(CNSNews.com) – A recent oversight report by the Department of Homeland Security’s (DHS) inspector general found that during the 2014 Ebola outbreak, "Diplomats, United Nations workers, U.S. Government employees, or other dignitaries were not thoroughly scrutinized or were incorrectly assumed to be exempt from Ebola screening” by Customs and Border Protection (CBP).
The DHS Office of the Inspector General’s (OIG) Audit Division confirmed to CNSNews.com via email that some of these dignitaries “were allowed back into the US from Ebola-affected countries without screening.”
The report, “DHS' Ebola Response Needs Better Coordination, Training, and Execution,” contained information from “an internal CBP (Customs and Border Patrol) report identifying problems with processing travelers with a nexus to Ebola-affected countries,” according to the DHS IG Office.
CNSNews.com asked how many of the dignitaries mentioned in the IG report were exempt from screening, and the IG explained that the internal CBP report “did not stipulate the number of instances that Diplomats, UN workers, government employees or other dignitaries were exempted from screening.”
The internal CBP report also did not stipulate whether the diplomats erroneously exempted from screening were U.S. or foreign diplomats.
CNSNews.com also reached out to CBP about the report asking, “How many of these ‘Diplomats, United Nations workers, U.S. Government employees, or other dignitaries’ were exempted from screening, and why did that occur?”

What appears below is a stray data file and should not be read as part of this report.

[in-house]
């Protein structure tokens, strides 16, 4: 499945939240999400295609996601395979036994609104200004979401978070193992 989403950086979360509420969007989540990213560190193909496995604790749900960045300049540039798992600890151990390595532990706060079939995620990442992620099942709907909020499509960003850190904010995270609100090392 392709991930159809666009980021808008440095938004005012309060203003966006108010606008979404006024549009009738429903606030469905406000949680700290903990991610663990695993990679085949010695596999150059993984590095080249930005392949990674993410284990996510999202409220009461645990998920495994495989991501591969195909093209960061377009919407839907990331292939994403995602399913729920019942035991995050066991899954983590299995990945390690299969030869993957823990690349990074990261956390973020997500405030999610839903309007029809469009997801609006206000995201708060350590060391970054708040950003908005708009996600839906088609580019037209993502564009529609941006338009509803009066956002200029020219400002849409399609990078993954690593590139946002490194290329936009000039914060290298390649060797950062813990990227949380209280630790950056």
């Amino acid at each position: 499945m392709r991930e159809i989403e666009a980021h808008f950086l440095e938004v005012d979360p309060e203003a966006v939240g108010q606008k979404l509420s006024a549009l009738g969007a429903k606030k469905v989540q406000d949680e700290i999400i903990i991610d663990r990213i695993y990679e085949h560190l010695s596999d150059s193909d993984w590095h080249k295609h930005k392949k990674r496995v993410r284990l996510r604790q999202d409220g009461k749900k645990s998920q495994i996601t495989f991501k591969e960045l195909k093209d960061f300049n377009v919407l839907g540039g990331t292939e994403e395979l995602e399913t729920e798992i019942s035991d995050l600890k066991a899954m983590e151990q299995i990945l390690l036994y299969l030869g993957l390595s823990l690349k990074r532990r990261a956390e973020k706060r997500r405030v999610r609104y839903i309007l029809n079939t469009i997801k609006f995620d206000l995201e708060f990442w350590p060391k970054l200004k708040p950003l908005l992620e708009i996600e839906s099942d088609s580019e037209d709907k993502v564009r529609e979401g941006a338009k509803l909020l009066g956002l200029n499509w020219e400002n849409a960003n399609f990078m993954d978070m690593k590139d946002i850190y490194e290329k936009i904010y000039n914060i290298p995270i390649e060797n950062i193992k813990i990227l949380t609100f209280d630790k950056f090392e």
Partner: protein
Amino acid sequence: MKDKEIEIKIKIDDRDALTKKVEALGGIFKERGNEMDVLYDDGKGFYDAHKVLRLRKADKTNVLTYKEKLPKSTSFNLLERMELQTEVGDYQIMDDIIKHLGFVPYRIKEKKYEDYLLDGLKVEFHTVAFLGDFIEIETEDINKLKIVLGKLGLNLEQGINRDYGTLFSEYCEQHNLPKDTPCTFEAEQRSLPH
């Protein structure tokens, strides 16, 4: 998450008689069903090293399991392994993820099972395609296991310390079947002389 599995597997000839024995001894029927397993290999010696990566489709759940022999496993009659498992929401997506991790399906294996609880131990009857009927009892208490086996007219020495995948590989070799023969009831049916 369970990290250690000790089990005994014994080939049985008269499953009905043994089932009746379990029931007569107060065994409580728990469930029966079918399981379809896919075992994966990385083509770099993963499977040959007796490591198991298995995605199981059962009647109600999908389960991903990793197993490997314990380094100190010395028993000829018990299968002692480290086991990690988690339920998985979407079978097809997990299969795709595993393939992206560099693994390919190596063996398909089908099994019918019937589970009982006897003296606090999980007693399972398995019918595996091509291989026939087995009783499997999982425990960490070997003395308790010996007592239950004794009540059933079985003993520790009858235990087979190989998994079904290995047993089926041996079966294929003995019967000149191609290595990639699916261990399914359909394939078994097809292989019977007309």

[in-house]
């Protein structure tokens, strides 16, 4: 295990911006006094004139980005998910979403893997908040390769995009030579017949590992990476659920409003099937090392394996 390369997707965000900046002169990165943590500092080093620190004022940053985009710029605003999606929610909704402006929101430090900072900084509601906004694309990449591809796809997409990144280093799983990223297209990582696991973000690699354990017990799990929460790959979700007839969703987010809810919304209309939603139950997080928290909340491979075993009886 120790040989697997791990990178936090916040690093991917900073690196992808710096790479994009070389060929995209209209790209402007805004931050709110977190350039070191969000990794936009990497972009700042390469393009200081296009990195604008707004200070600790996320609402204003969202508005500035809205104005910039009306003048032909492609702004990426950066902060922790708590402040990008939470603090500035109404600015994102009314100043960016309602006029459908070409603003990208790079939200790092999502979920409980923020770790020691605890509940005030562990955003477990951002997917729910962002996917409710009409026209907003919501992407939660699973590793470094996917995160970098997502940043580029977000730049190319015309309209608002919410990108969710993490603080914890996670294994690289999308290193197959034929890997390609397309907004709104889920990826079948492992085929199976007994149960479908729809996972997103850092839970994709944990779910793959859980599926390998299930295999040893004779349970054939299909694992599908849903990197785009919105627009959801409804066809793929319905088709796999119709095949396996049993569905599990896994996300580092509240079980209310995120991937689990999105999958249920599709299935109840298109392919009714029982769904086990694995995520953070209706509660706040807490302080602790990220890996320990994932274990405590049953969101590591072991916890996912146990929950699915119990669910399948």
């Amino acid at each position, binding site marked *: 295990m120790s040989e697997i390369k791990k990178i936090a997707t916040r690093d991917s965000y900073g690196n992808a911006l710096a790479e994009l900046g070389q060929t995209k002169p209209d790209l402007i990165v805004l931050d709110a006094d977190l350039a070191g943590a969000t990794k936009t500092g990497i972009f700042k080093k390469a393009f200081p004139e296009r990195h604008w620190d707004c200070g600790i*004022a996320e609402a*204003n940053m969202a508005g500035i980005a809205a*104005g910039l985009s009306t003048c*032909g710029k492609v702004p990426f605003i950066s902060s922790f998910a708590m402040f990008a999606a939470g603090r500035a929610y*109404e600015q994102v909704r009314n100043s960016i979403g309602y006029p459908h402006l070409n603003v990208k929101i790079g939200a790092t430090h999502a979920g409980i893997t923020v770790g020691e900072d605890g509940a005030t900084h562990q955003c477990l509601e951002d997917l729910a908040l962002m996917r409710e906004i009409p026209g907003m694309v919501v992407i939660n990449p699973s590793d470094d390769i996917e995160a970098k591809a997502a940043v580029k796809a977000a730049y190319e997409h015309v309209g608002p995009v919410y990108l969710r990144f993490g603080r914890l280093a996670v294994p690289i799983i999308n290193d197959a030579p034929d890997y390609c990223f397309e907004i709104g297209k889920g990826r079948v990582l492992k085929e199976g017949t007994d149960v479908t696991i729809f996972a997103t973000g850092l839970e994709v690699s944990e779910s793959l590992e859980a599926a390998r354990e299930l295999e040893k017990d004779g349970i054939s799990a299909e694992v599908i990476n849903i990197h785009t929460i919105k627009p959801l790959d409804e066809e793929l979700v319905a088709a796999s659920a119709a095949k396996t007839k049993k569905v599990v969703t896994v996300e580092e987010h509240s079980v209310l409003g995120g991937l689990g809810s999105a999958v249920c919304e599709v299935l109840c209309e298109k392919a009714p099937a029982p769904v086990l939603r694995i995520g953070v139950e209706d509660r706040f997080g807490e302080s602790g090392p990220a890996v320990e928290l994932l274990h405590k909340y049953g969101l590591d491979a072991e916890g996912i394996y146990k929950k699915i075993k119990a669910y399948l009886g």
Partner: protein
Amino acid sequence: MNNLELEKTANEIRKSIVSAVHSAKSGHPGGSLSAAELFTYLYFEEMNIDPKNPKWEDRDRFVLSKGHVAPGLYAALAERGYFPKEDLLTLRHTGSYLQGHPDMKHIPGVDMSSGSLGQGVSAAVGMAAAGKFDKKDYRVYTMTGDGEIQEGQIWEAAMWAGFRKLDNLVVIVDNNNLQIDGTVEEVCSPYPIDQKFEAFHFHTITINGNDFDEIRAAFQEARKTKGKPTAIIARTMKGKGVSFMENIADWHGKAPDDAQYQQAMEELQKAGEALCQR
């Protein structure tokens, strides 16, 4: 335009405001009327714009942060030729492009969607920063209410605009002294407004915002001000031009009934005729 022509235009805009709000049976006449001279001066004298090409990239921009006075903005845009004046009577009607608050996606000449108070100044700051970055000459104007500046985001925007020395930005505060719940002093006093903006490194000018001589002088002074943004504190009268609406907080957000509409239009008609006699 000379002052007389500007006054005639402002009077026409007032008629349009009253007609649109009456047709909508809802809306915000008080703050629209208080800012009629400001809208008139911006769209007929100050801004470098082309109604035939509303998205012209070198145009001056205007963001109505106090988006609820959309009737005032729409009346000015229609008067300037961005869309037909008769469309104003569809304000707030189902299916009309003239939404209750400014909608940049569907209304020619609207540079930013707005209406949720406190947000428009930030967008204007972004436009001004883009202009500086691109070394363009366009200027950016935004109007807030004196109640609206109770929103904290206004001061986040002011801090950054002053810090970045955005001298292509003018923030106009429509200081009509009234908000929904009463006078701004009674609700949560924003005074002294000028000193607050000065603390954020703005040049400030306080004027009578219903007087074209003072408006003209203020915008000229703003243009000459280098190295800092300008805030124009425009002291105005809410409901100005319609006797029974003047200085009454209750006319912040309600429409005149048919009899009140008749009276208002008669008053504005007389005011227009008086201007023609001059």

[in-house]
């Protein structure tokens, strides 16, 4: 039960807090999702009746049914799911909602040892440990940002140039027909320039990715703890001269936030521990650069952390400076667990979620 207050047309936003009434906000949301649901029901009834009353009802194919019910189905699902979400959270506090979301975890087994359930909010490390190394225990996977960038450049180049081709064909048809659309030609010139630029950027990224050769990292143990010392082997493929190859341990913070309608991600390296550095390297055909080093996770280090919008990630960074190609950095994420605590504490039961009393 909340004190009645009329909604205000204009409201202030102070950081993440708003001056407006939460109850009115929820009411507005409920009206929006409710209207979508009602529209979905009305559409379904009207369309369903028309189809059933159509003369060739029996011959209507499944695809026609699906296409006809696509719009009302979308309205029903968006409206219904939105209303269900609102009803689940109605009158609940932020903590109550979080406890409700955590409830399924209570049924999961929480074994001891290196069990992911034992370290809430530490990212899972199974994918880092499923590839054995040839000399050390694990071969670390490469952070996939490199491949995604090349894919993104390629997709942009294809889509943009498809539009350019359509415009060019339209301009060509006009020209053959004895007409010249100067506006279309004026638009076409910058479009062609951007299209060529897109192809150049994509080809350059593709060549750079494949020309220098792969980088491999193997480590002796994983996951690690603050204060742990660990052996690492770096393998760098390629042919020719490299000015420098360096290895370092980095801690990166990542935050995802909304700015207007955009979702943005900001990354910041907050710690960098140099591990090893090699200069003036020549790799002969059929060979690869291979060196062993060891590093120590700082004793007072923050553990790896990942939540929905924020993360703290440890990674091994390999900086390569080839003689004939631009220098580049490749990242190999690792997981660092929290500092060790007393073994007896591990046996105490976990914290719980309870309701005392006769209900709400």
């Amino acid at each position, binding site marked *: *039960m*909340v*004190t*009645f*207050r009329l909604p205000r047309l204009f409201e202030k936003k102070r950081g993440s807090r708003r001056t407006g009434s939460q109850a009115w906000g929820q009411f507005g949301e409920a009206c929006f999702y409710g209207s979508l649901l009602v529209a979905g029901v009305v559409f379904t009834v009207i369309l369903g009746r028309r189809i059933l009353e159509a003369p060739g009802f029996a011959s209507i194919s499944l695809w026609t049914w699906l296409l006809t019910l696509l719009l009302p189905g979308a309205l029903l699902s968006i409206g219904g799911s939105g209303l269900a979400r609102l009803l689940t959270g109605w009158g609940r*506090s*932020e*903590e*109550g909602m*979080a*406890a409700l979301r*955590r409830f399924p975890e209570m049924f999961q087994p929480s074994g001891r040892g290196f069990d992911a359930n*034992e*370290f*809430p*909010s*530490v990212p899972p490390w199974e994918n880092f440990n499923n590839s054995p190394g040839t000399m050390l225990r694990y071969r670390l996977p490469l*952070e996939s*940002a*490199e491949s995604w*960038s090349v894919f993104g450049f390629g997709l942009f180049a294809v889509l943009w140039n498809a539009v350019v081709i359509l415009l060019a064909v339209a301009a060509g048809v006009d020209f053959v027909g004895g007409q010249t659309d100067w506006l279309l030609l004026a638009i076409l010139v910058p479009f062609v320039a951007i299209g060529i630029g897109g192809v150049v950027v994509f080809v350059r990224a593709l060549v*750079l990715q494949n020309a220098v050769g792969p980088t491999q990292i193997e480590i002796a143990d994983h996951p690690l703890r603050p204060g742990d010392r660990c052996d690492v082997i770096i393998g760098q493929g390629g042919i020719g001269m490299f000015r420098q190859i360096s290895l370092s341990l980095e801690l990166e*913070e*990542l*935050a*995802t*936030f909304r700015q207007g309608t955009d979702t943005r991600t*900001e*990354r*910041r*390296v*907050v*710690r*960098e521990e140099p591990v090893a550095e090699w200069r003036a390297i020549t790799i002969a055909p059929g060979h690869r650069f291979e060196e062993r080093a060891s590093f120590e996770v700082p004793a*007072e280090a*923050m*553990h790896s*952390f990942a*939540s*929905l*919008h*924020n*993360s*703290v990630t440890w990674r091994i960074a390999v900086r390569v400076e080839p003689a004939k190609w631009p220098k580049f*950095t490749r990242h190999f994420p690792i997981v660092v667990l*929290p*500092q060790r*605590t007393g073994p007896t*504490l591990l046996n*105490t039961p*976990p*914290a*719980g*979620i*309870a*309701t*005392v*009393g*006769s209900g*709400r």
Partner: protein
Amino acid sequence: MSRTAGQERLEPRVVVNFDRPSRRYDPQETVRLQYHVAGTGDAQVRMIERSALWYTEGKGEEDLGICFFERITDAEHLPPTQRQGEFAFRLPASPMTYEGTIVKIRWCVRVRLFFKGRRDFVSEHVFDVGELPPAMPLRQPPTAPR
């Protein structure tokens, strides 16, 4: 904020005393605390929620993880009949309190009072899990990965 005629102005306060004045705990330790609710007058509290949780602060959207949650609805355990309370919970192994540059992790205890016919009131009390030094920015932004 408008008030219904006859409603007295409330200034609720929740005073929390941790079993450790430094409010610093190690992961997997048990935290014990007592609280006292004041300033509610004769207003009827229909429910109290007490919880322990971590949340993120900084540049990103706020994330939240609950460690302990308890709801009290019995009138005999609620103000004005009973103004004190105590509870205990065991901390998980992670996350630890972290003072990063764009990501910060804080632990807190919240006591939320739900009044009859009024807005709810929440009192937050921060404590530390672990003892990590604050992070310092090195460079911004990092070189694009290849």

No response was received by press time.
The report also found that CBP “released 169 passengers with recent travel to an Ebola-affected country into the public from October 2014 through June 2015, without ensuring passengers had their temperatures taken, or were otherwise cleared by health professionals."
CNSNews.com asked the IG whether these 169 individuals were not screened in addition to the dignitaries mentioned on the report or if that number included them.
The IG replied that the 169 passengers identified in the report were “at ports other than the 5 main airports (JFK/Newark/Chicago/Atlanta/Dulles) that passengers were funneled to for Ebola screening.”
According to the IG, the internal CBP report, which identified the erroneous exemption of dignitaries, “included all ports of entry,” and because “CBP did not include specific numbers in their report or the locations where the passengers arrived in the U.S.,” the IG “cannot determine if there are passengers that did not complete screening in addition to the 169 identified in the report.”
Additionally, the IG report found that due to “multiple errors in CBP Ebola screening data,” which the CBP attributed to “inconsistent understanding, variances in data entry, and differences in activity summarized by CBP personnel,” the CBP Ebola screening data “is unreliable and CBP cannot determine how many passengers were not fully screened.”